Occupational Therapy for Acquired Brain Injury (ABI)

Occupational therapy (OT) plays a crucial role in the rehabilitation process for individuals with acquired brain injury (ABI). ABI refers to damage to the brain that occurs after birth and is not related to a congenital or degenerative condition. This can result from various causes such as trauma, stroke, infection, tumor, or hypoxia.


There are two primary types of Acquired Brain Injury:


ABI can have various causes, including:



Risk Factors

The risk factors for ABI include age, gender, occupation, medical conditions such as epilepsy, history of brain injury and genetics. 


Common symptoms of ABI include;

Occupational Therapy Specialism

Occupational Therapists who specialise in assessing and treating people who have had an ABI are based in a branch of Occupational Therapy called Neurorehabilitation.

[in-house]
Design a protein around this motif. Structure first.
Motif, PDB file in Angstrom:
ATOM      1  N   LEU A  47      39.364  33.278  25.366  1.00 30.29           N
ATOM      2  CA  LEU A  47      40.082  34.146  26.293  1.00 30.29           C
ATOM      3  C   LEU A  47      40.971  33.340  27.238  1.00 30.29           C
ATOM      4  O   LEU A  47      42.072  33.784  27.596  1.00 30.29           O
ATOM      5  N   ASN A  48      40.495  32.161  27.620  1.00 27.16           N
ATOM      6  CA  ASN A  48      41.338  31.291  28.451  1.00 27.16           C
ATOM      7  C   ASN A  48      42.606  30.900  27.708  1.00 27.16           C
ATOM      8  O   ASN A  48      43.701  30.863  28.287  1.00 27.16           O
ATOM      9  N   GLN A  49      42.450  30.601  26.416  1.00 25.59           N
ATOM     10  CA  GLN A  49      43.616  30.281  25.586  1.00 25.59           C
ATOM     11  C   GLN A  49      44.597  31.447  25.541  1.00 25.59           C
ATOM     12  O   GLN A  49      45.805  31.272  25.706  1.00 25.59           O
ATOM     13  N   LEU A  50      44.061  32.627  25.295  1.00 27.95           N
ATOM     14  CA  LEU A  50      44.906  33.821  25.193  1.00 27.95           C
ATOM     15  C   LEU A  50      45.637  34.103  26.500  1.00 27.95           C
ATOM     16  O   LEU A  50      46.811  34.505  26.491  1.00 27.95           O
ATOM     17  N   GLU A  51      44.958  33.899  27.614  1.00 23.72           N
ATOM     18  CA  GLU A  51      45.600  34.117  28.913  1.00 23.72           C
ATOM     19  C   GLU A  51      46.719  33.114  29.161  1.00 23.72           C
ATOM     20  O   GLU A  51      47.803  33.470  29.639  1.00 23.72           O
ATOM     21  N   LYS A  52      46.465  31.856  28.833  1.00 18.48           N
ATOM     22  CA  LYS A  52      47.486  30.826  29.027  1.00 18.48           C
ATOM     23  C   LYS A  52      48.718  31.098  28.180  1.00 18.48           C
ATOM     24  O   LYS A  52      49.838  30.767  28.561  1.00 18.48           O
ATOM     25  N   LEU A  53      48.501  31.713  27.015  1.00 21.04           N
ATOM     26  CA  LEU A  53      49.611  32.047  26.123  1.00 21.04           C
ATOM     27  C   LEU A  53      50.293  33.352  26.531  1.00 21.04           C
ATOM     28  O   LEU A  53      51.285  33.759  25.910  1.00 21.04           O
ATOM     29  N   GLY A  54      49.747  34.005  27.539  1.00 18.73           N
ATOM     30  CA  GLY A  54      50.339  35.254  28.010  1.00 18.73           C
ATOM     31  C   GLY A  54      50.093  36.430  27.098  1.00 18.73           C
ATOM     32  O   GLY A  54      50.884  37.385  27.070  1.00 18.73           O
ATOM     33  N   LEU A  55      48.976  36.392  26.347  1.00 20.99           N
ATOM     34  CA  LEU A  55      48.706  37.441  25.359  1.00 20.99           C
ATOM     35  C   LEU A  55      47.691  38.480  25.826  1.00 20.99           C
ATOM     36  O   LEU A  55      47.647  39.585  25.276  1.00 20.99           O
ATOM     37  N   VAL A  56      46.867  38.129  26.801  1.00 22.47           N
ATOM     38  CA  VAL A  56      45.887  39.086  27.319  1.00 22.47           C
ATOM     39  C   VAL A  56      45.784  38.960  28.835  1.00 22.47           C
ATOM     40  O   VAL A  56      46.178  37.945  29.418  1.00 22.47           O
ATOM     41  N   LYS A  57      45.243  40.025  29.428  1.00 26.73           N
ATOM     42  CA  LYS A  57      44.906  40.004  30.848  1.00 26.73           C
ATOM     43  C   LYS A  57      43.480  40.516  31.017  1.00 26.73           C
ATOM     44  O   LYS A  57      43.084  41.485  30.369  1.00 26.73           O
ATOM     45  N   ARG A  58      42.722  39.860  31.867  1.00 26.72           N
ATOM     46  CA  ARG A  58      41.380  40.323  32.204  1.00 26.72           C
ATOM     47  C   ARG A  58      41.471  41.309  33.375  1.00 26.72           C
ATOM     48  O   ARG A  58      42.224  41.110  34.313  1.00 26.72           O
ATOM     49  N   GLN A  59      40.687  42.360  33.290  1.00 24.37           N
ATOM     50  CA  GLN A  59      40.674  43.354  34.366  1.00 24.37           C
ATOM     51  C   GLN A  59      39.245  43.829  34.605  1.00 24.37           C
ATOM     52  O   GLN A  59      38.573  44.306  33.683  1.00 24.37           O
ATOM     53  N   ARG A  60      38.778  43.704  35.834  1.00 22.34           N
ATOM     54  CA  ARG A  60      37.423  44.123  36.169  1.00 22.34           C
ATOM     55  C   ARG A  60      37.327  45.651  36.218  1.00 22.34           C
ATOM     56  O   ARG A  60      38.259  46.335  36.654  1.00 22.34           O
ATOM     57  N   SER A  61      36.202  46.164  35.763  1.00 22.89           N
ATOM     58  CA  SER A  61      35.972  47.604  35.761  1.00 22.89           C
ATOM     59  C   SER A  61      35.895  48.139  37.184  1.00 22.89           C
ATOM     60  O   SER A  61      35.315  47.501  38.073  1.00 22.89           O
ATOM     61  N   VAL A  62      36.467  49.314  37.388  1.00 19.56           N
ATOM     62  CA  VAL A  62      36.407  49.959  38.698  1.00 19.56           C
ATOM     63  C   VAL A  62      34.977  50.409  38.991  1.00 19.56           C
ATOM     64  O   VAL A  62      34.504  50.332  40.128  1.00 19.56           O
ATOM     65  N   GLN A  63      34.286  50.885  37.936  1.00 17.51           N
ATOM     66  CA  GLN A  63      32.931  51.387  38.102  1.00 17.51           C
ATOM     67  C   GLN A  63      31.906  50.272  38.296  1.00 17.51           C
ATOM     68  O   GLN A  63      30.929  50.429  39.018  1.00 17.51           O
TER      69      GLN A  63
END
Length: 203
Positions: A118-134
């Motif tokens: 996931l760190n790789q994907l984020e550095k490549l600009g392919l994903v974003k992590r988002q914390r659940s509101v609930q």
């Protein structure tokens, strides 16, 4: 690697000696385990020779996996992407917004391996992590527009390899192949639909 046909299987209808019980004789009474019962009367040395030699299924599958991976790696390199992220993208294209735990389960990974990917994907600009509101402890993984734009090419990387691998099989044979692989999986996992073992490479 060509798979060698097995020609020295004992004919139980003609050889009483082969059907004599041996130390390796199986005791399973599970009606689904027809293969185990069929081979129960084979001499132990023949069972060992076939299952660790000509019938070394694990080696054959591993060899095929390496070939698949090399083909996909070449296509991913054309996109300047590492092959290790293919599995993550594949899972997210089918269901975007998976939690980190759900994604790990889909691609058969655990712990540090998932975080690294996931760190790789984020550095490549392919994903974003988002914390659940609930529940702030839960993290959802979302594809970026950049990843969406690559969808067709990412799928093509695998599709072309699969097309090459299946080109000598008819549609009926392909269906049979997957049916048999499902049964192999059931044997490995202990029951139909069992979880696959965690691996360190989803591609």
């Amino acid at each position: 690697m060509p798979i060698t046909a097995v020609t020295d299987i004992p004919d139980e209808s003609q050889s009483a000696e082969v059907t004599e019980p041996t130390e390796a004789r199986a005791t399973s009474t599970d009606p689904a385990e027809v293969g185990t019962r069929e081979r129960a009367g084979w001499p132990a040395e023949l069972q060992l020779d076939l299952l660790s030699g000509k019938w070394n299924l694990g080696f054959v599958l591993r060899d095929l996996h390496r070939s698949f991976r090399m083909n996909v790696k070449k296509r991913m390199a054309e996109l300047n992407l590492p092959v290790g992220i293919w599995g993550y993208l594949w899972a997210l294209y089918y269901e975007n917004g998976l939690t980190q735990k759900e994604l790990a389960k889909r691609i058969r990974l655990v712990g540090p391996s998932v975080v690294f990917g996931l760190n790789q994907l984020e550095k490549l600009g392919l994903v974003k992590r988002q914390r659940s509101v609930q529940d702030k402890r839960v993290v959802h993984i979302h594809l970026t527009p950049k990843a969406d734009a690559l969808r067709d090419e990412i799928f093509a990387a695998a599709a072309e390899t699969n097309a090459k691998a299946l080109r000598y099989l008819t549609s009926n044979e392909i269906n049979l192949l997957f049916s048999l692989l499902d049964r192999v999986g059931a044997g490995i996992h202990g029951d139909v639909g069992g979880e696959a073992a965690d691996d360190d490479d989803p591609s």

Common Difficulties associated with TBI

Acquired Brain Injury (ABI) can result in a wide range of difficulties that impact various aspects of an individual's life. While the specific challenges can vary depending on factors such as the cause and severity of the injury, as well as individual differences, some common difficulties associated with ABI include:

Cognitive Difficulties

 Communication Challenges

 Physical Impairments

Emotional and Behavioral Changes

Social and Interpersonal Difficulties

Daily Living Challenges

Fatigue and Energy Conservation

Psychosocial Adjustment and Coping

How can Occupational Therapy help?

Occupational therapy (OT) plays a vital role in the rehabilitation process for individuals with Acquired Brain Injury (ABI). OT focuses on improving a person's ability to perform activities of daily living (ADLs), regain independence, and participate in meaningful activities. 


Goal Setting

Functional Training

Cognitive Rehabilitation

Motor Rehabilitation

Sensory Integration

Assistive Technology

Environmental Modifications

Education and Training

Psychosocial Support

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